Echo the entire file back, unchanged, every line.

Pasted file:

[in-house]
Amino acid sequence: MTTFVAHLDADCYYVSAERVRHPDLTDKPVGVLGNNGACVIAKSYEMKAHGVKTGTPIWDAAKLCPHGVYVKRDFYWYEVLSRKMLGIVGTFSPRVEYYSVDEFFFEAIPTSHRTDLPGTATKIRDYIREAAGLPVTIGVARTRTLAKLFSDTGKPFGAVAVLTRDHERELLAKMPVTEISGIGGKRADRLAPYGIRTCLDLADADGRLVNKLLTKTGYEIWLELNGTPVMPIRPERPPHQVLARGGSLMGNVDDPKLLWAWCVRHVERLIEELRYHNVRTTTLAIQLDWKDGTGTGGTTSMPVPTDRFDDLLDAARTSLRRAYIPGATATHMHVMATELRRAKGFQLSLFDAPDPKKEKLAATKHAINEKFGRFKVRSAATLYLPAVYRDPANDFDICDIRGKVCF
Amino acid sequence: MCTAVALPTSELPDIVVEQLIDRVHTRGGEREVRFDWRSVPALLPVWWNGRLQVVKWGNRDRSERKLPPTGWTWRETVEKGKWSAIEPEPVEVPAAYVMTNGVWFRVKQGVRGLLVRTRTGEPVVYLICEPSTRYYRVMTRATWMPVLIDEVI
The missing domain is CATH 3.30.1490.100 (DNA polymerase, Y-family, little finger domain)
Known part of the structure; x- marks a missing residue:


[in-house]
Amino acid sequence: MTTFVAHLDADCYYVSAERVRHPDLTDKPVGVLGNNGACVIAKSYEMKAHGVKTGTPIWDAAKLCPHGVYVKRDFYWYEVLSRKMLGIVGTFSPRVEYYSVDEFFFEAIPTSHRTDLPGTATKIRDYIREAAGLPVTIGVARTRTLAKLFSDTGKPFGAVAVLTRDHERELLAKMPVTEISGIGGKRADRLAPYGIRTCLDLADADGRLVNKLLTKTGYEIWLELNGTPVMPIRPERPPHQVLARGGSLMGNVDDPKLLWAWCVRHVERLIEELRYHNVRTTTLAIQLDWKDGTGTGGTTSMPVPTDRFDDLLDAARTSLRRAYIPGATATHMHVMATELRRAKGFQLSLFDAPDPKKEKLAATKHAINEKFGRFKVRSAATLYLPAVYRDPANDFDICDIRGKVCF
Amino acid sequence: MCTAVALPTSELPDIVVEQLIDRVHTRGGEREVRFDWRSVPALLPVWWNGRLQVVKWGNRDRSERKLPPTGWTWRETVEKGKWSAIEPEPVEVPAAYVMTNGVWFRVKQGVRGLLVRTRTGEPVVYLICEPSTRYYRVMTRATWMPVLIDEVI
The missing domain is CATH 3.30.1490.100 (DNA polymerase, Y-family, little finger domain)
Known part of the structure; x- marks a missing residue: